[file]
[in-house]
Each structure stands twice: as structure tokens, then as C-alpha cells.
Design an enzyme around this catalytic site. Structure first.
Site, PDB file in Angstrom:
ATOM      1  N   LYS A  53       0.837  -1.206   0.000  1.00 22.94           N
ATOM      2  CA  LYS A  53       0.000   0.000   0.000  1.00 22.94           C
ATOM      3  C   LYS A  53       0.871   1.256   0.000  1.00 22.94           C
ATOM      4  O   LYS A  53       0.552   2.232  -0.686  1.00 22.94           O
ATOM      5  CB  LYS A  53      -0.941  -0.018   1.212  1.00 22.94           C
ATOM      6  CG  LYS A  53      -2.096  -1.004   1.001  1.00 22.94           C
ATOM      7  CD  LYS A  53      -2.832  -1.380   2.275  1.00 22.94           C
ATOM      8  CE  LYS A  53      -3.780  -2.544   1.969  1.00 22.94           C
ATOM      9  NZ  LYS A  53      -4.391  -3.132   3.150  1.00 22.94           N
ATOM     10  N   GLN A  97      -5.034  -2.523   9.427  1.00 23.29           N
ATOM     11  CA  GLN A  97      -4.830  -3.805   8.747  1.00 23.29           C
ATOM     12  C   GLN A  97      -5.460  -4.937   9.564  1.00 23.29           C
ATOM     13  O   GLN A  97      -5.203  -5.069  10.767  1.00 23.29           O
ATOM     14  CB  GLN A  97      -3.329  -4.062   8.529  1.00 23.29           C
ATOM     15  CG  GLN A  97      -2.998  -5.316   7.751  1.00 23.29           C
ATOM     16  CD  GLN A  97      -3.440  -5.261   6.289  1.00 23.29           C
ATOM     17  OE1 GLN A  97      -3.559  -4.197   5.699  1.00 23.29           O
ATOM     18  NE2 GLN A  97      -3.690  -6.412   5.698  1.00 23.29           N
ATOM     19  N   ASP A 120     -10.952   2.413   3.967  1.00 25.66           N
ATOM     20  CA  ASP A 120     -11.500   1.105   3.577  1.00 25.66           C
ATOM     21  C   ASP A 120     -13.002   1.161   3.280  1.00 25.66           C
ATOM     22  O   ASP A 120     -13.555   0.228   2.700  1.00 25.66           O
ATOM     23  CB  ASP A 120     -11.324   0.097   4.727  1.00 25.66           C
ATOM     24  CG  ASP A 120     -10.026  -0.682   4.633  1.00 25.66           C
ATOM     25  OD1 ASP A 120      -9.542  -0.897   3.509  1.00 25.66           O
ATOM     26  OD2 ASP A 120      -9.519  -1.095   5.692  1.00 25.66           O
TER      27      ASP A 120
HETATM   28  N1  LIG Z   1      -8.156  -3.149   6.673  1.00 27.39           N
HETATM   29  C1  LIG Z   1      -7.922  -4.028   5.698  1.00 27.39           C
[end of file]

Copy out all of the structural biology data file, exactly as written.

[in-house]
Each structure stands twice: as structure tokens, then as C-alpha cells.
Design an enzyme around this catalytic site. Structure first.
Site, PDB file in Angstrom:
ATOM      1  N   LYS A  53       0.837  -1.206   0.000  1.00 22.94           N
ATOM      2  CA  LYS A  53       0.000   0.000   0.000  1.00 22.94           C
ATOM      3  C   LYS A  53       0.871   1.256   0.000  1.00 22.94           C
ATOM      4  O   LYS A  53       0.552   2.232  -0.686  1.00 22.94           O
ATOM      5  CB  LYS A  53      -0.941  -0.018   1.212  1.00 22.94           C
ATOM      6  CG  LYS A  53      -2.096  -1.004   1.001  1.00 22.94           C
ATOM      7  CD  LYS A  53      -2.832  -1.380   2.275  1.00 22.94           C
ATOM      8  CE  LYS A  53      -3.780  -2.544   1.969  1.00 22.94           C
ATOM      9  NZ  LYS A  53      -4.391  -3.132   3.150  1.00 22.94           N
ATOM     10  N   GLN A  97      -5.034  -2.523   9.427  1.00 23.29           N
ATOM     11  CA  GLN A  97      -4.830  -3.805   8.747  1.00 23.29           C
ATOM     12  C   GLN A  97      -5.460  -4.937   9.564  1.00 23.29           C
ATOM     13  O   GLN A  97      -5.203  -5.069  10.767  1.00 23.29           O
ATOM     14  CB  GLN A  97      -3.329  -4.062   8.529  1.00 23.29           C
ATOM     15  CG  GLN A  97      -2.998  -5.316   7.751  1.00 23.29           C
ATOM     16  CD  GLN A  97      -3.440  -5.261   6.289  1.00 23.29           C
ATOM     17  OE1 GLN A  97      -3.559  -4.197   5.699  1.00 23.29           O
ATOM     18  NE2 GLN A  97      -3.690  -6.412   5.698  1.00 23.29           N
ATOM     19  N   ASP A 120     -10.952   2.413   3.967  1.00 25.66           N
ATOM     20  CA  ASP A 120     -11.500   1.105   3.577  1.00 25.66           C
ATOM     21  C   ASP A 120     -13.002   1.161   3.280  1.00 25.66           C
ATOM     22  O   ASP A 120     -13.555   0.228   2.700  1.00 25.66           O
ATOM     23  CB  ASP A 120     -11.324   0.097   4.727  1.00 25.66           C
ATOM     24  CG  ASP A 120     -10.026  -0.682   4.633  1.00 25.66           C
ATOM     25  OD1 ASP A 120      -9.542  -0.897   3.509  1.00 25.66           O
ATOM     26  OD2 ASP A 120      -9.519  -1.095   5.692  1.00 25.66           O
TER      27      ASP A 120
HETATM   28  N1  LIG Z   1      -8.156  -3.149   6.673  1.00 27.39           N
HETATM   29  C1  LIG Z   1      -7.922  -4.028   5.698  1.00 27.39           C